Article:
In fact, she says that as long as you are supporting your children, you are entitled to at least a portion of their income unless you give them, either by formal agreement or practice, the right to spend and manage their own earnings.

"I certainly don't advise confiscating your kids' paychecks," she says. "But it's appropriate for you to sit down with them before they start working to hash out an agreement on how much you'd like them to save, and for what."

Because Bodnar's book is peppered with questions from parents and children, it's an easy read. I suggest you take the quiz at the front of the book. It's a good test of how money smart -- or challenged -- you are. For example, how would you answer this question?

Your son is heading to college in the fall and will need spending money. You:

a) Tell him that if he stays in his room and studies, he won't need spending money.

b) Agree to send a weekly allowance.

c) Tell him to get a summer job.

d) Discuss his needs, see what he has available from jobs and savings, and agree to supplement that with an appropriate allowance.

Personally, I like the first answer. Practically, Bodnar says, you would be better off going with d.

If you are interested in discussing this month's book selection, join me online at http://www.washingtonpost.com/ at noon July 6. Bodnar will be my guest and will take your questions.

To become a member of the Color of Money Book Club, all you have to do is read the recommended book. Then we chat online with the author. In addition, every month I randomly select readers to receive a copy of the book donated by the publisher. For a chance to win a copy of "Raising Money Smart Kids," send an e-mail to colorofmoney@washpost.com . Please include your name and address so we can send you a book if you win.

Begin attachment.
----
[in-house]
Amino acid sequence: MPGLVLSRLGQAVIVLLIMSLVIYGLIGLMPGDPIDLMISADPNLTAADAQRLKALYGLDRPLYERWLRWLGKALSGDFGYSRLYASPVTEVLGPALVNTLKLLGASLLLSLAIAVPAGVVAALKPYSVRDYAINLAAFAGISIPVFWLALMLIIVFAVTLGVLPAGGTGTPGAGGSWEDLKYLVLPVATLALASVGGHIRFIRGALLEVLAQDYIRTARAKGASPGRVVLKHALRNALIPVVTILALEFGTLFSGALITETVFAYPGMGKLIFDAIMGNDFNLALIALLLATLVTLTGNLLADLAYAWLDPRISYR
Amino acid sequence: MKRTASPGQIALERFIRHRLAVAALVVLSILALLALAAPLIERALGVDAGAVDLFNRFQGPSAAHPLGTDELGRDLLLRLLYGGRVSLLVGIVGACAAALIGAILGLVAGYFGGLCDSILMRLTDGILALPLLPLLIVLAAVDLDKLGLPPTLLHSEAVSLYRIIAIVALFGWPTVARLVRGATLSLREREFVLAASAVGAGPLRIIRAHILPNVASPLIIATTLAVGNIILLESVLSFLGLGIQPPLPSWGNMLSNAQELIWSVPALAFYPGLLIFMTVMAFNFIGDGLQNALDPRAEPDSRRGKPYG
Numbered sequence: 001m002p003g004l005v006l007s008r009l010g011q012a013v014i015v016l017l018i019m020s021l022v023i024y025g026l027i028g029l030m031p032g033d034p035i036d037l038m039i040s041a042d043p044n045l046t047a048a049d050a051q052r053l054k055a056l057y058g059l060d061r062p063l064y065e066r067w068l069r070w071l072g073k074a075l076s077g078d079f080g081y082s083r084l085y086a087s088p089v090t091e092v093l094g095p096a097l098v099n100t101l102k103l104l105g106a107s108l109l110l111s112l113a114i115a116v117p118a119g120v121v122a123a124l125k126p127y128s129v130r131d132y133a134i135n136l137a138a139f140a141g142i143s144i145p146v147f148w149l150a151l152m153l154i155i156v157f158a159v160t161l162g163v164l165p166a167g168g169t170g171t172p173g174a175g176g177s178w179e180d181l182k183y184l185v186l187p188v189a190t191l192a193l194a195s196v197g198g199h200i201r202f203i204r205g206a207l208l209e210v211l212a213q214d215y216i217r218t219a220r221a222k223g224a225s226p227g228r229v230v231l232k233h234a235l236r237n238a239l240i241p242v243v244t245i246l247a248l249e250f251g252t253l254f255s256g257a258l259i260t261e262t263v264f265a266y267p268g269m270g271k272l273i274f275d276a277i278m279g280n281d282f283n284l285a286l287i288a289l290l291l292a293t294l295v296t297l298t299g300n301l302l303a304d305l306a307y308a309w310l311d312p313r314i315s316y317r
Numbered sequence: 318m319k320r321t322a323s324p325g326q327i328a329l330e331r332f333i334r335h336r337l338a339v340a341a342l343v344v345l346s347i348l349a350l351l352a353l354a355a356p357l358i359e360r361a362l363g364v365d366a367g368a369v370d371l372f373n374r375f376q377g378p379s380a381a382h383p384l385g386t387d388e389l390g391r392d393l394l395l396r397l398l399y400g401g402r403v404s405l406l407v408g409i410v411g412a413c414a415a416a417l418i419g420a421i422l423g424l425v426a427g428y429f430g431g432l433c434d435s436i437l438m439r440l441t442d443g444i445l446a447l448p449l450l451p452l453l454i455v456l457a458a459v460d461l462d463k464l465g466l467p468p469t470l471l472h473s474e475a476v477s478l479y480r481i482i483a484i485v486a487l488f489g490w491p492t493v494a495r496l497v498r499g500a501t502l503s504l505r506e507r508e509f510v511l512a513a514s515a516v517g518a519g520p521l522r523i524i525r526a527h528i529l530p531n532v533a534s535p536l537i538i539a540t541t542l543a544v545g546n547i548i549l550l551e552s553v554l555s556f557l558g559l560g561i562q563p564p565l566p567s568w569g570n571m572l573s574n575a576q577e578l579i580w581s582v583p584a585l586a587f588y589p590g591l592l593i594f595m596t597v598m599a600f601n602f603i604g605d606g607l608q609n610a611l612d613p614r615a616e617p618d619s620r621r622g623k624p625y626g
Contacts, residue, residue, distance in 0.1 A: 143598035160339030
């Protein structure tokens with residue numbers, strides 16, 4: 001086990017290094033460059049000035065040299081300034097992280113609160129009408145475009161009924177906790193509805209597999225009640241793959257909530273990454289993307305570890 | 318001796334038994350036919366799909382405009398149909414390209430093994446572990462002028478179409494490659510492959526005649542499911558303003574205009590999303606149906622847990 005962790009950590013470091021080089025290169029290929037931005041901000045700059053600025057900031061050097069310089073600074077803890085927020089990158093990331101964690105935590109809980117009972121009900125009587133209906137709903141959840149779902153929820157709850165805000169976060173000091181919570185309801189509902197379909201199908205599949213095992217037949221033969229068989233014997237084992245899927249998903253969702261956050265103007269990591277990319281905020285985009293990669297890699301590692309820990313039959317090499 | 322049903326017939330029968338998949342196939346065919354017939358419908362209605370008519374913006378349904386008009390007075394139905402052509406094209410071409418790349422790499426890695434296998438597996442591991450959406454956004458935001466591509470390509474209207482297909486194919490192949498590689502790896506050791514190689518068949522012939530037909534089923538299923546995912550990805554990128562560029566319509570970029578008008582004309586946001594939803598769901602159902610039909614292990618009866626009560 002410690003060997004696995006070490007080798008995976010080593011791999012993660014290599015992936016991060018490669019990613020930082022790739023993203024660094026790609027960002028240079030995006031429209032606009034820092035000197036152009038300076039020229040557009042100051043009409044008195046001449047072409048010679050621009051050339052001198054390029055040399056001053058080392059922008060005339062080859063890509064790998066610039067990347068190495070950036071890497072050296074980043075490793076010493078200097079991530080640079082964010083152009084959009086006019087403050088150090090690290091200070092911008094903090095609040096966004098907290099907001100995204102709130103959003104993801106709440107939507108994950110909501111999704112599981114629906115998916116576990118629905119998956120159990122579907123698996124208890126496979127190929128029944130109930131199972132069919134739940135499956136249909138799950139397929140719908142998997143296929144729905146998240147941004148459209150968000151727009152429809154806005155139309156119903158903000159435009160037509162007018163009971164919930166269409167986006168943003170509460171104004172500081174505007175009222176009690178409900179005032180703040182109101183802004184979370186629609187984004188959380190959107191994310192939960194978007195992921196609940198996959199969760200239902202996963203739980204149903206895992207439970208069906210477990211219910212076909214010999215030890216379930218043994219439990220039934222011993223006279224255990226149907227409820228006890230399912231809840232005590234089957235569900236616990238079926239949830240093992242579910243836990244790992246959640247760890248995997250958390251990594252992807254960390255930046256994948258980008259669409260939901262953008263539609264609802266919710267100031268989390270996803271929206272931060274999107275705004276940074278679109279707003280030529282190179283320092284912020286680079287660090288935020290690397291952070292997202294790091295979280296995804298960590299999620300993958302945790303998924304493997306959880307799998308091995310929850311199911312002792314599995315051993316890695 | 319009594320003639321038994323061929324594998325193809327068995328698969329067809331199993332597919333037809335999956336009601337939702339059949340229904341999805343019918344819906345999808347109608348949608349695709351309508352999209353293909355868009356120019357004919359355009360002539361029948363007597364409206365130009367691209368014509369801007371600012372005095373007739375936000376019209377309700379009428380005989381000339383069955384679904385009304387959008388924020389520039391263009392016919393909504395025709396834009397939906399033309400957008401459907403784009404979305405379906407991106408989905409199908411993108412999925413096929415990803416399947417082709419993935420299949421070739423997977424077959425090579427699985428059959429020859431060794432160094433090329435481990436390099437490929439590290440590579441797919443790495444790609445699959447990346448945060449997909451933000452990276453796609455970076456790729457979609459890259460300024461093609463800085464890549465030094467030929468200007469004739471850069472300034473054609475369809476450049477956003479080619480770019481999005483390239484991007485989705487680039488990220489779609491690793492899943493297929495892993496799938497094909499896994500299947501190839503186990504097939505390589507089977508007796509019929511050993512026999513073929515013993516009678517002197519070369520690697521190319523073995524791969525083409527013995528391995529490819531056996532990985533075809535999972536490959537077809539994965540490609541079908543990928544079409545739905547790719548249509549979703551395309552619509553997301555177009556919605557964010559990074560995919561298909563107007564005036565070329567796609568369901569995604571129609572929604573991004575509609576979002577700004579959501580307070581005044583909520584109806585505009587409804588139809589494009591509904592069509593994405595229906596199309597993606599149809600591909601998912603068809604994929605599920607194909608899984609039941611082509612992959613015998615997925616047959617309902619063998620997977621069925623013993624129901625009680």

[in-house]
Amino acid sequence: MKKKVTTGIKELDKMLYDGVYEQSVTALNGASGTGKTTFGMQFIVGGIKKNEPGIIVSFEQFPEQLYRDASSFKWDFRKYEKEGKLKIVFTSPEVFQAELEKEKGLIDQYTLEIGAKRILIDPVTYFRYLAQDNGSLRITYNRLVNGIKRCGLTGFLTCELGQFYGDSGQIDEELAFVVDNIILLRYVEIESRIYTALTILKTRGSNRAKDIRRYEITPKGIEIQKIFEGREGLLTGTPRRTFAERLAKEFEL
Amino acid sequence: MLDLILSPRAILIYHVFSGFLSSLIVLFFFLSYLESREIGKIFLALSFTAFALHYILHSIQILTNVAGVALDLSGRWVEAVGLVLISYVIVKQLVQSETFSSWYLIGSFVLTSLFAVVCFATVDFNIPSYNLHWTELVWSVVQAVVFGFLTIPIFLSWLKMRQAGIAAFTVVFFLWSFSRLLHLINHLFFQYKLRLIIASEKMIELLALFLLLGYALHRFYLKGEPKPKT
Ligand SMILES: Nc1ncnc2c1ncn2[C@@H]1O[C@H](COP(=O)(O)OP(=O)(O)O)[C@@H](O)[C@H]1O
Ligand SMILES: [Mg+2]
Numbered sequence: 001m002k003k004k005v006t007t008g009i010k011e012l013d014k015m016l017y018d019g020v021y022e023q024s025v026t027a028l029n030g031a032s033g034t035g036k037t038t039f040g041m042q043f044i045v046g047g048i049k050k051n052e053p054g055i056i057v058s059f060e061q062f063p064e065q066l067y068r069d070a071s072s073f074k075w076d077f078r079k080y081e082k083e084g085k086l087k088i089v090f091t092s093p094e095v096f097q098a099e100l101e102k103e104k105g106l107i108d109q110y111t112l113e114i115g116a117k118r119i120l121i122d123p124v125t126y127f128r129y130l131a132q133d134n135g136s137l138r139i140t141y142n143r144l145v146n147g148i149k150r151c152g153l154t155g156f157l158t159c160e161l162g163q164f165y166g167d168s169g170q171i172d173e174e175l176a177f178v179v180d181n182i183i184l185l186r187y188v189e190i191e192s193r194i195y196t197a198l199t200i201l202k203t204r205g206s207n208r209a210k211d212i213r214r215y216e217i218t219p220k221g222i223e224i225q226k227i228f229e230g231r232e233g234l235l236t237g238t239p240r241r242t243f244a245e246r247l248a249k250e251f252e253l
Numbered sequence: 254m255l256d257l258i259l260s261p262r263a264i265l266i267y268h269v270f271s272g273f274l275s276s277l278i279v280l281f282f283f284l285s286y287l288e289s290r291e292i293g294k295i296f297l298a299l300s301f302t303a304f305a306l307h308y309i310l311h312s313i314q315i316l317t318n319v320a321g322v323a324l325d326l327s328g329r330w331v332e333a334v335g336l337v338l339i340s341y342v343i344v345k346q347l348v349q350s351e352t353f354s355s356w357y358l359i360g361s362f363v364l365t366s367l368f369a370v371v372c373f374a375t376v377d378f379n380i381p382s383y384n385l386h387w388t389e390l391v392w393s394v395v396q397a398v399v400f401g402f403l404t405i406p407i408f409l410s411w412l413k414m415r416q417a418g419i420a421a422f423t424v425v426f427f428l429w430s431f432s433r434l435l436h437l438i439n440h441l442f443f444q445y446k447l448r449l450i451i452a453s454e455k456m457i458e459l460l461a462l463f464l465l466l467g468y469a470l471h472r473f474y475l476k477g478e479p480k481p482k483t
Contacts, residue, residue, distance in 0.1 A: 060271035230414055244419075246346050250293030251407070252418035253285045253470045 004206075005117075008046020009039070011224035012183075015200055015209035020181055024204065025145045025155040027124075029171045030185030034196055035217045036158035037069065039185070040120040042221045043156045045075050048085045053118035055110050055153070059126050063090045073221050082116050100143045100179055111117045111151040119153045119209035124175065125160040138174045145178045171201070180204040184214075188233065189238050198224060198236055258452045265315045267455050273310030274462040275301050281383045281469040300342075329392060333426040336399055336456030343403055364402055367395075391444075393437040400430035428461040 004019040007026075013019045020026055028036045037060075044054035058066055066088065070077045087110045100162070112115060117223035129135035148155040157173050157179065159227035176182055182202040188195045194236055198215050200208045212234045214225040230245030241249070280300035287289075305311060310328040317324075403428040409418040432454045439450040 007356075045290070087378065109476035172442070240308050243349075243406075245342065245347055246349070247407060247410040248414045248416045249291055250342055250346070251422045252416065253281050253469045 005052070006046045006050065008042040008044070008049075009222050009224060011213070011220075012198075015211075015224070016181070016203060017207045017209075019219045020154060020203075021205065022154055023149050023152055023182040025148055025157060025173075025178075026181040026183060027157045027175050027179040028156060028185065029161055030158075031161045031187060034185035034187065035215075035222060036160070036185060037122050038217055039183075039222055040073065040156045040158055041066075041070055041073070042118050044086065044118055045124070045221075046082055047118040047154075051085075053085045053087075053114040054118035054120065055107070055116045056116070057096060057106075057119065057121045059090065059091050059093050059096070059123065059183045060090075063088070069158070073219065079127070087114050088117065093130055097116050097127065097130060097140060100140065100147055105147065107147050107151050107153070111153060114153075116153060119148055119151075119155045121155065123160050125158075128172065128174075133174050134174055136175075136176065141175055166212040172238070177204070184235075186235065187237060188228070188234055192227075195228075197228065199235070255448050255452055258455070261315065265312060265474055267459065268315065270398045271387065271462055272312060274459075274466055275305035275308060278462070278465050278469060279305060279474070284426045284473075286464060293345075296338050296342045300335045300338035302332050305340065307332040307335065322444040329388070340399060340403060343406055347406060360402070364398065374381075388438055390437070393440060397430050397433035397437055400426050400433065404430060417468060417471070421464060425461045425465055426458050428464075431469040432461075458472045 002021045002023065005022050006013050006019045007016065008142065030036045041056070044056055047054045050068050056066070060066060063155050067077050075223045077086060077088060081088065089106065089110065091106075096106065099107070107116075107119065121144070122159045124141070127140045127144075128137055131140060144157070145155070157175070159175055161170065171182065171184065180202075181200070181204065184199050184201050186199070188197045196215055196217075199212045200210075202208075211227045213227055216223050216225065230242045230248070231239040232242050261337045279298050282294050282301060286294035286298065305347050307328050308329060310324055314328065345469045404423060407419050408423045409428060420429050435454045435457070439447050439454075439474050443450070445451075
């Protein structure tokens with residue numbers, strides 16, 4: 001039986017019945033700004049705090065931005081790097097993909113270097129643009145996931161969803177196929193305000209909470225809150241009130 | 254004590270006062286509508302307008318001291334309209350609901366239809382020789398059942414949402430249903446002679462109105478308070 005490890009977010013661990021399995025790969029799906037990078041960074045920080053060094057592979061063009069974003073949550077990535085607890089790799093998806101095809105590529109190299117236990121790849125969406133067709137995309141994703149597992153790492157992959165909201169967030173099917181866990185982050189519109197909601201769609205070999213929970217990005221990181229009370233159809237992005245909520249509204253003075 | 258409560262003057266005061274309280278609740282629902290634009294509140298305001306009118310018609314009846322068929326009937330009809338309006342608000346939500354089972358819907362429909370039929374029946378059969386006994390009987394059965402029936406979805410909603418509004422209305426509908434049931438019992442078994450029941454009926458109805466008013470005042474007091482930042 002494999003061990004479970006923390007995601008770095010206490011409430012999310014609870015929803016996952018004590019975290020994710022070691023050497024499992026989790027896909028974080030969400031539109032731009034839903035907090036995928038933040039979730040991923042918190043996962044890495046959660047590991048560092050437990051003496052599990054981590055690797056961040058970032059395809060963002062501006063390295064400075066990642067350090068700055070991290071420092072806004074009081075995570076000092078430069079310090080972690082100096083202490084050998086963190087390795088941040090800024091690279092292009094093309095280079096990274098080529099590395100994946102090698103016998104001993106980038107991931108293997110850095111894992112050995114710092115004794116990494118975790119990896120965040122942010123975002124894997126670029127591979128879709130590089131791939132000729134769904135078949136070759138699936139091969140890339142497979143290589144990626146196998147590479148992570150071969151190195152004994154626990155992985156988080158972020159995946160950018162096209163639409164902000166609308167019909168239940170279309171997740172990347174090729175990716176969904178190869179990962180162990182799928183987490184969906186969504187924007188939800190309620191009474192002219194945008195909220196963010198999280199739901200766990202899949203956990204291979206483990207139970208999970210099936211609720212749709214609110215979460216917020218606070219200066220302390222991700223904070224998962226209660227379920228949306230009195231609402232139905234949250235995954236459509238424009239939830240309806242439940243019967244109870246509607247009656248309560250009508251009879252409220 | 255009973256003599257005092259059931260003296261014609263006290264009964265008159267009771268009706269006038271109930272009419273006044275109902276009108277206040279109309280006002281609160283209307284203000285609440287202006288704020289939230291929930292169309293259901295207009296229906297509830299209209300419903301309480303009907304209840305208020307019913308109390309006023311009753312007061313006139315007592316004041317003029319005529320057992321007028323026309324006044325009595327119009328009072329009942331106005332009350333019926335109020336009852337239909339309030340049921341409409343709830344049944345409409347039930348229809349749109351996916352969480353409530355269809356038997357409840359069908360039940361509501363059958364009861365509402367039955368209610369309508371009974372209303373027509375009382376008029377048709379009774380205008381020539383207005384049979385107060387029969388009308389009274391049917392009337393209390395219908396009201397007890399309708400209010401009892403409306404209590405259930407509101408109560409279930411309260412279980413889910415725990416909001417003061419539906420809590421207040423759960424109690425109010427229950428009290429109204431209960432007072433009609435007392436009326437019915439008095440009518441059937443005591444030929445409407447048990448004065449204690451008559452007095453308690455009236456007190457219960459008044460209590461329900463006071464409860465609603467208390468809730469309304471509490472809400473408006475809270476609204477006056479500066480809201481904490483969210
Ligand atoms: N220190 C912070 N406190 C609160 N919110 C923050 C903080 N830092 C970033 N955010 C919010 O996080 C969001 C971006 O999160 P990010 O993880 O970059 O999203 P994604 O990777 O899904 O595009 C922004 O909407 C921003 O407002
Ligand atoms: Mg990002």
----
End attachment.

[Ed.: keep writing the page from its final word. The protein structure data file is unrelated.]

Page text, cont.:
Penny Pincher of the Year

It's time again for my Penny Pincher of the Year contest. All you have to do is nominate someone with an original penny-pinching strategy -- a friend, a relative, even yourself. Edited versions of entries may be published. Send your entries by June 16 to colorofmoney@washpost.com . Please put "2006 Penny Pincher of the Year Contest" in the subject line. Please include your address and daytime and evening phone numbers. You can also mail entries to Michelle Singletary, Color of Money, 1150 15th St. NW, Washington, D.C. 20071. Please put on the front of the envelope "Penny Pincher of the Year Contest."

· On the air: Join Michelle Singletary at 7:10 p.m. tomorrow on "Insight" with Herman Washington on WHUR (96.3 FM). She also discusses personal finance Tuesdays on NPR's "Day to Day" program and online athttp://www.npr.org.

· By mail: Readers can write to her at The Washington Post, 1150 15th St. NW, Washington, D.C. 20071.

· By e-mail:singletarym@washpost.com.

Comments and questions are welcome, but because of the volume of mail, personal responses are not always possible. Please note that comments or questions may be used in a future column, with the writer's name, unless a specific request to do otherwise is indicated.